Currently, you have the option of going to an Apple store, an Apple authorized service provider to have this work done.
But the interweb seems to be telling us that there are very long wait times, in some cases, and some supply problems.
In fact, I think it was mentioned just today that Apple has a shortage of 6s Plus batteries, so that's kind of an issue.
If you don't wanna wait weeks or months to have the repair, you can do this in an hour yourself just after receiving the kit from us.
Great, all right.
Well let's get started.
Sure, so let's take a lookand see what we need here.
Well, with the 6s Apple has done a few things to make it hard for us to get inside.
And they started with creating their own proprietary pentalobe screws.
Remember those from a couple of years ago?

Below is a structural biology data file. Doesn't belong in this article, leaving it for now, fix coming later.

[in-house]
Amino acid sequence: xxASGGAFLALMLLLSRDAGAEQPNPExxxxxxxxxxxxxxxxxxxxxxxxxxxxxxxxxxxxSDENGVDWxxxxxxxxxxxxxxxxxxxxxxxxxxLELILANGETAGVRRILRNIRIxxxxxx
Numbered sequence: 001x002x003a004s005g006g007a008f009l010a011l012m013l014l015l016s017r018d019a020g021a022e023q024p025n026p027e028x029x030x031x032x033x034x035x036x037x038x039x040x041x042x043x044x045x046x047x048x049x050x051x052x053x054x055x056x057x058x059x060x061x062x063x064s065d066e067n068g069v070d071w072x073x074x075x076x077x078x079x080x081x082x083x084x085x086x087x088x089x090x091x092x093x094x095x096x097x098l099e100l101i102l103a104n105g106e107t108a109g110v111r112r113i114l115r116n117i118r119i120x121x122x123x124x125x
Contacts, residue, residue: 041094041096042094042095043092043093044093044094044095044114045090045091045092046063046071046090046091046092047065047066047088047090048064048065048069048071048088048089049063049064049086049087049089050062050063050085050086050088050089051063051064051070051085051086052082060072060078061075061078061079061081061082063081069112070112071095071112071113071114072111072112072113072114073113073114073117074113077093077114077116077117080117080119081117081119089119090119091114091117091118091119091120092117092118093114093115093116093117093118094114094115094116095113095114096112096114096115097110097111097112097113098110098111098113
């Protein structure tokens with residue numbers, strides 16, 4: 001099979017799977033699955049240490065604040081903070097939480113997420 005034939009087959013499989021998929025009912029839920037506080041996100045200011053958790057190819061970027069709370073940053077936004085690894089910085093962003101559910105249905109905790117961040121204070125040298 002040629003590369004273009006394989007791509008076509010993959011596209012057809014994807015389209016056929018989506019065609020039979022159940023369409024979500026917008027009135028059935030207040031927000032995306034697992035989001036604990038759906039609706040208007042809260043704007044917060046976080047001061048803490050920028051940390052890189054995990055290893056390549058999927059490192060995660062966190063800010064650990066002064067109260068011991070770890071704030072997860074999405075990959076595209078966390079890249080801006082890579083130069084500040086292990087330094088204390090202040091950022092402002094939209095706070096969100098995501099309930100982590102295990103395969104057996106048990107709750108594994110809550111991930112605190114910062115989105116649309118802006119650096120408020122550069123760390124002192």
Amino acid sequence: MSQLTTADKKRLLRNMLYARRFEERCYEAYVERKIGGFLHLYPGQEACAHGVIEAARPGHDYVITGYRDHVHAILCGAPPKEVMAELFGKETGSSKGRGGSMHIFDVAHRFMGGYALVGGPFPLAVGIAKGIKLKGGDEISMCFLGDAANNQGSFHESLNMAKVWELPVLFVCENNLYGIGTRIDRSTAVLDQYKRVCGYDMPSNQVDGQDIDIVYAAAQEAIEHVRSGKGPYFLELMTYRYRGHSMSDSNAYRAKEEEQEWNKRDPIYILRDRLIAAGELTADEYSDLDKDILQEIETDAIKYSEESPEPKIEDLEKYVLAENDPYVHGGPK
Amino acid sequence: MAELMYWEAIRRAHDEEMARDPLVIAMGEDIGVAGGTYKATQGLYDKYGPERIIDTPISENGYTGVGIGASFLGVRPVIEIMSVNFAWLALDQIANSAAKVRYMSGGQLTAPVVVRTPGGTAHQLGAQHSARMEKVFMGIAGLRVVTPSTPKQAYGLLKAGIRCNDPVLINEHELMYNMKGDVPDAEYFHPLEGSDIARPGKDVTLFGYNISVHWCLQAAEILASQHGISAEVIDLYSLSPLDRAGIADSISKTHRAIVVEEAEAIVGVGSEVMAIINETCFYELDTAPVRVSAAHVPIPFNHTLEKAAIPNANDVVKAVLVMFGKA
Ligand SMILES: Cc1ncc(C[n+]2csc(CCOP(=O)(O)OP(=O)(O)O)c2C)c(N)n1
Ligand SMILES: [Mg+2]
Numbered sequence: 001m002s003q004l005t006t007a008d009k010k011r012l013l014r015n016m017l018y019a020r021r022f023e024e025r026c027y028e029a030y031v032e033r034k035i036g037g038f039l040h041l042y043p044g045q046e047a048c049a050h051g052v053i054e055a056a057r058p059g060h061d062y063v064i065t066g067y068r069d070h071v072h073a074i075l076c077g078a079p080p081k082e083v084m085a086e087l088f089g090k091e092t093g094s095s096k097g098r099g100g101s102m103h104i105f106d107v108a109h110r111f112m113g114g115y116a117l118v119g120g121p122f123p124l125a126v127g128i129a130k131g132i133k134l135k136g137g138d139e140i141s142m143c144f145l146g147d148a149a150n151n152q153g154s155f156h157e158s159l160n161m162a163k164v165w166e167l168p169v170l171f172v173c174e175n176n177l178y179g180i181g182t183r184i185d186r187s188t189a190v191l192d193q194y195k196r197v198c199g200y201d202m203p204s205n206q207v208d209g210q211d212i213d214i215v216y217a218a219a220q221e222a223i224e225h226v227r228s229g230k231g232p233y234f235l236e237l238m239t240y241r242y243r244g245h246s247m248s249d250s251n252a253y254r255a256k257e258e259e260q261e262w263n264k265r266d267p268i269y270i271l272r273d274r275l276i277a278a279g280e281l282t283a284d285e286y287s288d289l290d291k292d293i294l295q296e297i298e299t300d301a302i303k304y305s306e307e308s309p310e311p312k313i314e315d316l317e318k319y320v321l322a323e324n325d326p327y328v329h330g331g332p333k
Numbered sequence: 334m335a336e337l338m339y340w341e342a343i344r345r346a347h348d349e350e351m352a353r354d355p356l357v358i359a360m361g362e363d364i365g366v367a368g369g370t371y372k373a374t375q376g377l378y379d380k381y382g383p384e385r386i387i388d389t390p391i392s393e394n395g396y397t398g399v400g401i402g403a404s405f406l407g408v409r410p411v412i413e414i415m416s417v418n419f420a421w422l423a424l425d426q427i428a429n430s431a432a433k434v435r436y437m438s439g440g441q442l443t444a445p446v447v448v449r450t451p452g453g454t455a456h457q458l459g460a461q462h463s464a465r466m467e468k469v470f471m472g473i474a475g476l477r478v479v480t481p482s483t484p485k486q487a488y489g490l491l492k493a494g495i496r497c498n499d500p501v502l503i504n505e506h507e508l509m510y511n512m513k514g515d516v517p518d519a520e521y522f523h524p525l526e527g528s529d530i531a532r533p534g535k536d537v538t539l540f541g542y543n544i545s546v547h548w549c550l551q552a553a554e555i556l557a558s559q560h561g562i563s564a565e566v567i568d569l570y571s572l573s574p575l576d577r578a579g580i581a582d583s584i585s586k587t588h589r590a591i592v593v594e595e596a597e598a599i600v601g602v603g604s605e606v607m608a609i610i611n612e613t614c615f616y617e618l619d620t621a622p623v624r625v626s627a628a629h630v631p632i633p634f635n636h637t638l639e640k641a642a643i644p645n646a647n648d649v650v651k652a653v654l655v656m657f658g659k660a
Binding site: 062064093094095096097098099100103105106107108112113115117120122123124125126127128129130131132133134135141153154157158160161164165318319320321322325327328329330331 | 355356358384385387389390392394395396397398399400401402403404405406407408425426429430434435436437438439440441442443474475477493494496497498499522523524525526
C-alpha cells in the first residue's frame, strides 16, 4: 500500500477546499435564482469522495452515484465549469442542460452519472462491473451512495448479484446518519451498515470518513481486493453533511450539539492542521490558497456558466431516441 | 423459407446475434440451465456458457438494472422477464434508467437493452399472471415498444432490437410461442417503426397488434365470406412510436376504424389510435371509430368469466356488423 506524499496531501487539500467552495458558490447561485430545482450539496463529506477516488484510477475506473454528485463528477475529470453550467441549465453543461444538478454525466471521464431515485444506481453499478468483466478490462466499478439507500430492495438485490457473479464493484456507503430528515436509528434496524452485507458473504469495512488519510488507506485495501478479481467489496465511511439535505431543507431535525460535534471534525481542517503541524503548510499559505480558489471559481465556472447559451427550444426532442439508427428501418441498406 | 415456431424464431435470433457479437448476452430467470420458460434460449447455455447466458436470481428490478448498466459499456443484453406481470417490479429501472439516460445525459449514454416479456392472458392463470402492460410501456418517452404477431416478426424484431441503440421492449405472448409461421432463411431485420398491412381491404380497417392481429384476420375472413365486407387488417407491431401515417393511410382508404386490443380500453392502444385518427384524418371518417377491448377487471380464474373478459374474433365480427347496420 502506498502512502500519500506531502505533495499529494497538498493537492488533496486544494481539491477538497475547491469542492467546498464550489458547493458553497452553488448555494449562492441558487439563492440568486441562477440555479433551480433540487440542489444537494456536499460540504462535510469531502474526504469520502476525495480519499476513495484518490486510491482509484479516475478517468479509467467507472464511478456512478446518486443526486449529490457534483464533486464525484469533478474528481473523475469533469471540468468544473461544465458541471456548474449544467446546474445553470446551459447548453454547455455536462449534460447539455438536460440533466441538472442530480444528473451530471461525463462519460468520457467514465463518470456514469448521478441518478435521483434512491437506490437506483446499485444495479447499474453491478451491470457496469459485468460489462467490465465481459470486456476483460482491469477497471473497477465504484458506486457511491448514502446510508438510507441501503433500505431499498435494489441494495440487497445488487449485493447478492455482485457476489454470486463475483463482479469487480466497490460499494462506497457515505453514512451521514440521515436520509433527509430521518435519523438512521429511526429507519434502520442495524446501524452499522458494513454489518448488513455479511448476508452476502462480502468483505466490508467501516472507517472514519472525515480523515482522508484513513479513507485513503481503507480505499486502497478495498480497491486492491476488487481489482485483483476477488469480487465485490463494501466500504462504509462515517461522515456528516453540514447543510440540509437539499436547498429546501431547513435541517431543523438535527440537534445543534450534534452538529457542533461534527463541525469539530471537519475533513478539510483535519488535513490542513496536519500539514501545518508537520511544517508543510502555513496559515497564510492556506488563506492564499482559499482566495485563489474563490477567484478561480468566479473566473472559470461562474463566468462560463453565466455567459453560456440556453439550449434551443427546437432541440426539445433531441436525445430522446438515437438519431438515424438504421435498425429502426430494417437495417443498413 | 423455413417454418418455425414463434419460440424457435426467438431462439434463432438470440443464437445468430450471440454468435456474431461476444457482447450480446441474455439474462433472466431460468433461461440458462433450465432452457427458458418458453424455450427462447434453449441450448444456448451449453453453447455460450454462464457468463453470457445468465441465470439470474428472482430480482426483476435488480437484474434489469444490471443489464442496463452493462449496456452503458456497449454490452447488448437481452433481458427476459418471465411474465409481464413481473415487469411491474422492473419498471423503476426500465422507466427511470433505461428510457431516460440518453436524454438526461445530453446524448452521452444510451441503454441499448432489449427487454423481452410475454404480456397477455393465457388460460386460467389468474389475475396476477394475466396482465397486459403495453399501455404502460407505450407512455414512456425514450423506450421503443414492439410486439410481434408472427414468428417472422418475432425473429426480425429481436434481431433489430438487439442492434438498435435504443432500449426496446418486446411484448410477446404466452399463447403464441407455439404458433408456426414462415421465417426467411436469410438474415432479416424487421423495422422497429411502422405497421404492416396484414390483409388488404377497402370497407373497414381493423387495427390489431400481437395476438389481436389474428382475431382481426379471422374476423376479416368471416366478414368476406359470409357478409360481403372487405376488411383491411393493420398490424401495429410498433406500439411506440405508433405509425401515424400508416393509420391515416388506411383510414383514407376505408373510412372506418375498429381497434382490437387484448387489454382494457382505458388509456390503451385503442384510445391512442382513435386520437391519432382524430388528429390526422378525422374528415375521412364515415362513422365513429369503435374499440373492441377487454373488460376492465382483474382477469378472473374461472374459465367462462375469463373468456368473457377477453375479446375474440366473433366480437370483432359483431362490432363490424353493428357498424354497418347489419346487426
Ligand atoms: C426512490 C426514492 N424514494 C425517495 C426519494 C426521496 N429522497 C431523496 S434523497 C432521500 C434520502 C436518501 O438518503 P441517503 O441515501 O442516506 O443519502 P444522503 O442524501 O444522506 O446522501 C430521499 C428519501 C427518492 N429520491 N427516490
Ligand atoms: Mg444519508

Well we know that they put those screws in to prevent us from getting in because once we get inside they're all standard Philips screws.
Now iFixIt created this tool, the pentalobe driver specifically to be able to get at these.
We're going to go ahead here and pick out one of our bits we need, which is our pentalobe bit.
We got it right here.
This bit will allow me to take out the two screws on the bottom of the phone that are really securing the display in.
These are right on either side of the lightning connector, right?
That is correct.
In this magnetic map that I showed you is really nice because you can place each particular component in the same orientation that you pulled it from,
Without the screws rolling onto the floor and you crawling around trying to find them right?